How To Get a 2.2 in Creative Writing

2016 Edit: In case you were wondering... I'm now 27. I have a job. My student debt has just dipped below £20k. Things are OK, and my life wasn't (quite) destroyed by my foolish academic rebellion.

Ok – full disclosure – I got a 2.2 in creative writing. “But how is that possible!” you scream, “you write better than anyone whose words we’ve ever read!” and that’s kind of you. Really it is. But I wasn’t always this good.

For those of you that don’t know, a degree in the UK receives a grade that makes little sense. Here is a quick visual guide.

My main degree course was Philosophy, but there was always that module, that cheeky little two-hour session a week in which I could let my mediocre imagination run wild…

This article will hopefully give you some handy tips and alert you to the potential pitfalls in the the field of semi-unprofessional and mediocre creative writing.

All the advice below is based on my true experience, and the poems you’ll see were submitted at various stages of my degree. I am currently unemployed.

Think of an edgy title for your portfolio.

When compiling a portfolio, it’s important to think of a provocative and original title. Most creative writing students will give their body of work a wistful name such as “Turning Pages” or “Leafing Through Emotion”, but it’s important to use your own distinct voice. You also want to be memorable – who remembers boring novels? Nobody. So grab the examiner’s attention, and you’ve got a hit on your hands.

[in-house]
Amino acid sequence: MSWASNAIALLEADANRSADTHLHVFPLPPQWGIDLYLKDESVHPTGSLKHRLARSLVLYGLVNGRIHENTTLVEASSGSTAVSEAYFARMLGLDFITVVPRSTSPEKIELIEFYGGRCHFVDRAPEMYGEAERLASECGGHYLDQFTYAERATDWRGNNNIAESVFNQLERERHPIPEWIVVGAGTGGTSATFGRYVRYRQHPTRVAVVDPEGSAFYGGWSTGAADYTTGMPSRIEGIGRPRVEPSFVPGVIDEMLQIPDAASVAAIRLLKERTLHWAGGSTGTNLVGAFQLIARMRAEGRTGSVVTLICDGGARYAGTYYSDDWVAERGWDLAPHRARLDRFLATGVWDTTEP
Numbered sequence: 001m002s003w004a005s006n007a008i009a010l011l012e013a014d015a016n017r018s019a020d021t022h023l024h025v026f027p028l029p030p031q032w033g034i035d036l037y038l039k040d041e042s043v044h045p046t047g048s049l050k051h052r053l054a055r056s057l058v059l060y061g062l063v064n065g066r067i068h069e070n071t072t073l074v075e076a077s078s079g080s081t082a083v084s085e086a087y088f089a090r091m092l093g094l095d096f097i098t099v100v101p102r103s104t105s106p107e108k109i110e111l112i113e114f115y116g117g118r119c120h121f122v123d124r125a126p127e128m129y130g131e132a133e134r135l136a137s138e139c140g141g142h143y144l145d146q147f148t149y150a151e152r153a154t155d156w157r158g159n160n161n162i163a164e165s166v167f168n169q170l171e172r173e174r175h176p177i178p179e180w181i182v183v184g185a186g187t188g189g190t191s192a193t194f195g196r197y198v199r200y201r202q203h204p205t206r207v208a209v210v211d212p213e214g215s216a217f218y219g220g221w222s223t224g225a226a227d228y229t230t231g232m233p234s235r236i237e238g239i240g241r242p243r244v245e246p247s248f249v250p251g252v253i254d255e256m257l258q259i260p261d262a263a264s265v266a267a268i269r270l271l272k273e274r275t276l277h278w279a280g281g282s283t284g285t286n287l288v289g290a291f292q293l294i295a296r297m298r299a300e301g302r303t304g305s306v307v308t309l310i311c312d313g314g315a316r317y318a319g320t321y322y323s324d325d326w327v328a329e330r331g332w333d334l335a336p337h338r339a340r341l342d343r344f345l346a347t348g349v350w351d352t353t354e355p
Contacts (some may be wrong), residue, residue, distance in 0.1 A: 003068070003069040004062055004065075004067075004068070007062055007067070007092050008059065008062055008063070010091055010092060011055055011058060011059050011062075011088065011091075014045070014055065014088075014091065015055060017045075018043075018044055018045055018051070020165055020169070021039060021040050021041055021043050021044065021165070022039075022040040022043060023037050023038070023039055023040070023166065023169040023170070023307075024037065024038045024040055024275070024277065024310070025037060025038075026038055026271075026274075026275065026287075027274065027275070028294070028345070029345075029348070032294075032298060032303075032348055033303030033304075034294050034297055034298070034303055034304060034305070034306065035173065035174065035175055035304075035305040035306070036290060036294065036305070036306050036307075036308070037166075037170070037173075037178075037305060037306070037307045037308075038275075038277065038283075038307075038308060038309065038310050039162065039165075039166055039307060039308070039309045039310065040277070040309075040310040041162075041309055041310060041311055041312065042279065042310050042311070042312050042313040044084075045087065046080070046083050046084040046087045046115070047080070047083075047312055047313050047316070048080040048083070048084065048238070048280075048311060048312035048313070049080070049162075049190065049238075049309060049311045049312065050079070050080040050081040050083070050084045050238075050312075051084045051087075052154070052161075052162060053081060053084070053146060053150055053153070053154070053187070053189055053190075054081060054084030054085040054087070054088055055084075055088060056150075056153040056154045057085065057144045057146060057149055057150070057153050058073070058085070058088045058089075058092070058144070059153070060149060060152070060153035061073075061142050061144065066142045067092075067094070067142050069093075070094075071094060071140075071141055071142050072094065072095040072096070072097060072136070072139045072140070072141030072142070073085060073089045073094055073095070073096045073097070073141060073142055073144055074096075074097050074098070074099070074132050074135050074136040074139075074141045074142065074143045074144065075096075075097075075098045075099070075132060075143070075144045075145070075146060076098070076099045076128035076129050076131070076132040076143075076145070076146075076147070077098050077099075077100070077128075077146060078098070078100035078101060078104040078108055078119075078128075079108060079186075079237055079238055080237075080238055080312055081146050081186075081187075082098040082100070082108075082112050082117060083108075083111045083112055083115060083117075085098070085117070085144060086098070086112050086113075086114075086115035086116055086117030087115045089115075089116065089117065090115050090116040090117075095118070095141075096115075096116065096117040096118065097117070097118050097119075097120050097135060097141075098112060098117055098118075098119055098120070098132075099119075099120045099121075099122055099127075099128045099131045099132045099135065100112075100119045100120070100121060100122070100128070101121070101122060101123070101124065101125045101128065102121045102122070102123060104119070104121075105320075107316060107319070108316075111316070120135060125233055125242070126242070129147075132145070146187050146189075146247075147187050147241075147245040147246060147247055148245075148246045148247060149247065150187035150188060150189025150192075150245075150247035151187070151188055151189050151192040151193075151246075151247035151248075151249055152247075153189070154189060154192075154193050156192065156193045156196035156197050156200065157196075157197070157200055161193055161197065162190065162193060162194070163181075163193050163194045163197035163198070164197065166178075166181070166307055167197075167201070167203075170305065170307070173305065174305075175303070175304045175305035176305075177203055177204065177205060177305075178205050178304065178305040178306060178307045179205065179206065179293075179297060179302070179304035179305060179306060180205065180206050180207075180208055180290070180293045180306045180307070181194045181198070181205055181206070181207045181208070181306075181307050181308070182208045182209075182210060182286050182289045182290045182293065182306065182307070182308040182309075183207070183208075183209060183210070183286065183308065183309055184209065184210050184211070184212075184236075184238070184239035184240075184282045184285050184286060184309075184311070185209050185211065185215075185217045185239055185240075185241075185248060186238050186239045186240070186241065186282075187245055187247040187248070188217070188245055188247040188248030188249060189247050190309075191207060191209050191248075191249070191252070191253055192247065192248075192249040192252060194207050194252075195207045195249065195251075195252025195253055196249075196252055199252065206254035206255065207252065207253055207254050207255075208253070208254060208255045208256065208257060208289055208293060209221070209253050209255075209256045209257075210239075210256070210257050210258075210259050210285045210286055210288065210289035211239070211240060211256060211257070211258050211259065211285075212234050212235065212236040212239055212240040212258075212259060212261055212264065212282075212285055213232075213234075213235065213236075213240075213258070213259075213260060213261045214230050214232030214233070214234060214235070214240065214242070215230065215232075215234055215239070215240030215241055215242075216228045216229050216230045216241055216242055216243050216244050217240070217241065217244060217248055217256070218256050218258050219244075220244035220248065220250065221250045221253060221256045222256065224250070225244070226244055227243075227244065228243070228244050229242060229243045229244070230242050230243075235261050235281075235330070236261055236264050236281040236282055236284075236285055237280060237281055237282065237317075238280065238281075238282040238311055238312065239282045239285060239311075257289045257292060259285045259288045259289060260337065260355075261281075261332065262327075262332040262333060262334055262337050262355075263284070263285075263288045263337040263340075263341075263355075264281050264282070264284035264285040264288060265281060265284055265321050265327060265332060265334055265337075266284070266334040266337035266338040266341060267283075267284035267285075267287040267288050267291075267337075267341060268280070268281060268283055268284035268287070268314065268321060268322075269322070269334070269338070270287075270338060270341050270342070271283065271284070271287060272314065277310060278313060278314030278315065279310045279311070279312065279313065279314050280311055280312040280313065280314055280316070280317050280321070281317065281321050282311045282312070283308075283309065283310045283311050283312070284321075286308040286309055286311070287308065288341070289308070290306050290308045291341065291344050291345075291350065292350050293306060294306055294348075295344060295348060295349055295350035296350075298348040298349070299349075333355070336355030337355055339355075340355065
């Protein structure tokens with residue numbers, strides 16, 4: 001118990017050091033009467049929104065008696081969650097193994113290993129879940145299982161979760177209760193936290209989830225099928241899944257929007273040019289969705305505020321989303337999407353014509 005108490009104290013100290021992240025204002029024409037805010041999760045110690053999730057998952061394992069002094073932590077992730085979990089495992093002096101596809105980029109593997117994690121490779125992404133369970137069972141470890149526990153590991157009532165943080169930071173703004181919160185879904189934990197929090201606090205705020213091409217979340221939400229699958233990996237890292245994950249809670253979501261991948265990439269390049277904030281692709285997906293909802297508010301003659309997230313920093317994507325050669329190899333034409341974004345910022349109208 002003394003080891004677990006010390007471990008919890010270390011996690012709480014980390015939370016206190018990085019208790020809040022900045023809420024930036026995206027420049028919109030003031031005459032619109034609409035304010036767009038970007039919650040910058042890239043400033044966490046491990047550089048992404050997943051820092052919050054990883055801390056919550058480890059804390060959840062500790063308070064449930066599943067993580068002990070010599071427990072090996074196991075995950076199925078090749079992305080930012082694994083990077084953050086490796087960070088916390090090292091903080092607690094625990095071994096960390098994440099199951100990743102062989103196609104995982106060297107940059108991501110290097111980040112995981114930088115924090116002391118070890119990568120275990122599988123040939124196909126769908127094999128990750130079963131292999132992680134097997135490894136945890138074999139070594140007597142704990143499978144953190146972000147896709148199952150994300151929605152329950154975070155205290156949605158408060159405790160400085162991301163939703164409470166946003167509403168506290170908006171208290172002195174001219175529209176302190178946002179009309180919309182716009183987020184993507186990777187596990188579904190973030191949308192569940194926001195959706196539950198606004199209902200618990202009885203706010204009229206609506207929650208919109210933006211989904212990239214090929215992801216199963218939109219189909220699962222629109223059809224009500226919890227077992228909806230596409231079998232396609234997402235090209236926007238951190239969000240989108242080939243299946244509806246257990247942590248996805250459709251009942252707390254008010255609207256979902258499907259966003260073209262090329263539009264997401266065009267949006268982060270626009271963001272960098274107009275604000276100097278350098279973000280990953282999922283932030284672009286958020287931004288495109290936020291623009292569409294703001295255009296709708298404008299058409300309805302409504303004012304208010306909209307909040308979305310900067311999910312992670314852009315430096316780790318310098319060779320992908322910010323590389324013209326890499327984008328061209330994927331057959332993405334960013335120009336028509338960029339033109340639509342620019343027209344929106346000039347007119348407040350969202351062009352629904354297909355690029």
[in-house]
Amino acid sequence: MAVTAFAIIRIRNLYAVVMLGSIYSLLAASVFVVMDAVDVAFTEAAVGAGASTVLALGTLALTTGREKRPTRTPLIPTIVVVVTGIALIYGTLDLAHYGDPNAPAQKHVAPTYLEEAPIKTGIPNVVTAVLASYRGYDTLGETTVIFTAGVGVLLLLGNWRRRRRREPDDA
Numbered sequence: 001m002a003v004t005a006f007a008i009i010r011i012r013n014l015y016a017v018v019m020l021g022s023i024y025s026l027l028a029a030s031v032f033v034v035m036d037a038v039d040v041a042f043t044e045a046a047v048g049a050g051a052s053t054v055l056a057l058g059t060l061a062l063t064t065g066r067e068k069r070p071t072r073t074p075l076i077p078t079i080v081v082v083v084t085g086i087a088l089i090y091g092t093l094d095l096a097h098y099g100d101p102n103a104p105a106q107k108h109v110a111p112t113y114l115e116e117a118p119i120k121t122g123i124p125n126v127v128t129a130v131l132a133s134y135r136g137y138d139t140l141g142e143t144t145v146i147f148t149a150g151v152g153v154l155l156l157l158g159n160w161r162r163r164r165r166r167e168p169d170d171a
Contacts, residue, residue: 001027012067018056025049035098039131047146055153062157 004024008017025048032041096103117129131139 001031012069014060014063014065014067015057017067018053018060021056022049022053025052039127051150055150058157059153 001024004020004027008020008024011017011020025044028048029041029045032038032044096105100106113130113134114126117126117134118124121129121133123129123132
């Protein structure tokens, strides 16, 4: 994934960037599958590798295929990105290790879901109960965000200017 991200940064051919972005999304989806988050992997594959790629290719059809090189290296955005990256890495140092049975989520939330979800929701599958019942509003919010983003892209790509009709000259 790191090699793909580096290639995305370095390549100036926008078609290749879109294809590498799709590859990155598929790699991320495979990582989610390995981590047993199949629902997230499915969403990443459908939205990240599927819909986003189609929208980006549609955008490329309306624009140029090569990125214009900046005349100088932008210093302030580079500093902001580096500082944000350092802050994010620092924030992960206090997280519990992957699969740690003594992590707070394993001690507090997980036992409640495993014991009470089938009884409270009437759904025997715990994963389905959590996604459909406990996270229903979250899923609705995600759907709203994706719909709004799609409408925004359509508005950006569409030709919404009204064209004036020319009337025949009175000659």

As I had also done the previous year.

Put relevant details on the cover. Also, irrelevant details.

It’s important to be thorough; when I was told to “put my details on the front” I wasn’t quite sure what that entailed, so I covered all the bases I could think of.

Again, the smart-arsery of this probably lowered my grade by a few crucial marks. 

Call your chapters ‘Episodes’.

And a self-referential subtitle will probably go down badly too.

Write mediocre poetry that is mostly about animals.

The animal kingdom has long been a source of inspiration for writers.. Paddington, Simba, Hedwig – the list is quite long. Exploit this popularity by writing somewhat erotic poetry about fauna. Examiners love that. In fact they love it so much, they’ll give you a 2.2.

Format your portfolio so that the titles are right at the bottom of a page.

This, I’ll admit, was unintentional. But isn’t it good? Everyone likes a cliffhanger, and whoever was marking my portfolio saw the title, got excited, and then turned the page for the ultimate pay-off: a panda poem. This is ultimately how television works, particularly in the USA; mini-cliffhangers will precede commercial breaks, to ensure that the viewer keeps watching. Sort of the same.

Run out of ink.

The final tip to achieving your dream, a 2.2 in creative writing, is to accidentally run out of black ink whilst printing your portfolio. Make sure you leave a hastily scribble post-it note on the front, informing the marker as to why the text on pages 16-29 is magenta.

End on a high note.

What constitutes a “high note”? How about a rhyming poem about a bear? The final nail in the awesome-box that is your creative writing portfolio. Mediocrity here you come!